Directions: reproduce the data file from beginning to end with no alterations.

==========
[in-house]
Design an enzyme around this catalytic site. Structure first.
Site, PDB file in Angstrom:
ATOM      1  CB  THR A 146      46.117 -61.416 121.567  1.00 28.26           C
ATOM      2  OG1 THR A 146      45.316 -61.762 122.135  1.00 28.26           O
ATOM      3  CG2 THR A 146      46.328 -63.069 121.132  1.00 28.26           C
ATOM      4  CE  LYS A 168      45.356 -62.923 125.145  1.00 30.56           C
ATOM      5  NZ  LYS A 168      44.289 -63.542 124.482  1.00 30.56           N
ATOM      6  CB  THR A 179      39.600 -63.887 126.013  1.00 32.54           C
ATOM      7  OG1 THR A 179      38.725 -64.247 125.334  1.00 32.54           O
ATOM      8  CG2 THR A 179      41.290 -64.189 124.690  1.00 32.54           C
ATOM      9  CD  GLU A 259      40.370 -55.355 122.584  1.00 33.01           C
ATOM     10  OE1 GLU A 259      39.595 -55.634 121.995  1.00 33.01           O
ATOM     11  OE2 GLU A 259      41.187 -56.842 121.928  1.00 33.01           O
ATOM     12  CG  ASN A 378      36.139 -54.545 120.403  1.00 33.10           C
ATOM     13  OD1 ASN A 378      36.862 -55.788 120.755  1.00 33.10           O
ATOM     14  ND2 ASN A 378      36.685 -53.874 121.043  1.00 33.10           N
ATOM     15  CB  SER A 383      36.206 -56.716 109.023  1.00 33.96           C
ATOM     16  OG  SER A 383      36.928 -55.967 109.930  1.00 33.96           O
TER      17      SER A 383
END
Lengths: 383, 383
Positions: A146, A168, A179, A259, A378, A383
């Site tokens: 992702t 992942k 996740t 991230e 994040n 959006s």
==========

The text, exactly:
[in-house]
Design an enzyme around this catalytic site. Structure first.
Site, PDB file in Angstrom:
ATOM      1  CB  THR A 146      46.117 -61.416 121.567  1.00 28.26           C
ATOM      2  OG1 THR A 146      45.316 -61.762 122.135  1.00 28.26           O
ATOM      3  CG2 THR A 146      46.328 -63.069 121.132  1.00 28.26           C
ATOM      4  CE  LYS A 168      45.356 -62.923 125.145  1.00 30.56           C
ATOM      5  NZ  LYS A 168      44.289 -63.542 124.482  1.00 30.56           N
ATOM      6  CB  THR A 179      39.600 -63.887 126.013  1.00 32.54           C
ATOM      7  OG1 THR A 179      38.725 -64.247 125.334  1.00 32.54           O
ATOM      8  CG2 THR A 179      41.290 -64.189 124.690  1.00 32.54           C
ATOM      9  CD  GLU A 259      40.370 -55.355 122.584  1.00 33.01           C
ATOM     10  OE1 GLU A 259      39.595 -55.634 121.995  1.00 33.01           O
ATOM     11  OE2 GLU A 259      41.187 -56.842 121.928  1.00 33.01           O
ATOM     12  CG  ASN A 378      36.139 -54.545 120.403  1.00 33.10           C
ATOM     13  OD1 ASN A 378      36.862 -55.788 120.755  1.00 33.10           O
ATOM     14  ND2 ASN A 378      36.685 -53.874 121.043  1.00 33.10           N
ATOM     15  CB  SER A 383      36.206 -56.716 109.023  1.00 33.96           C
ATOM     16  OG  SER A 383      36.928 -55.967 109.930  1.00 33.96           O
TER      17      SER A 383
END
Lengths: 383, 383
Positions: A146, A168, A179, A259, A378, A383
């Site tokens: 992702t 992942k 996740t 991230e 994040n 959006s």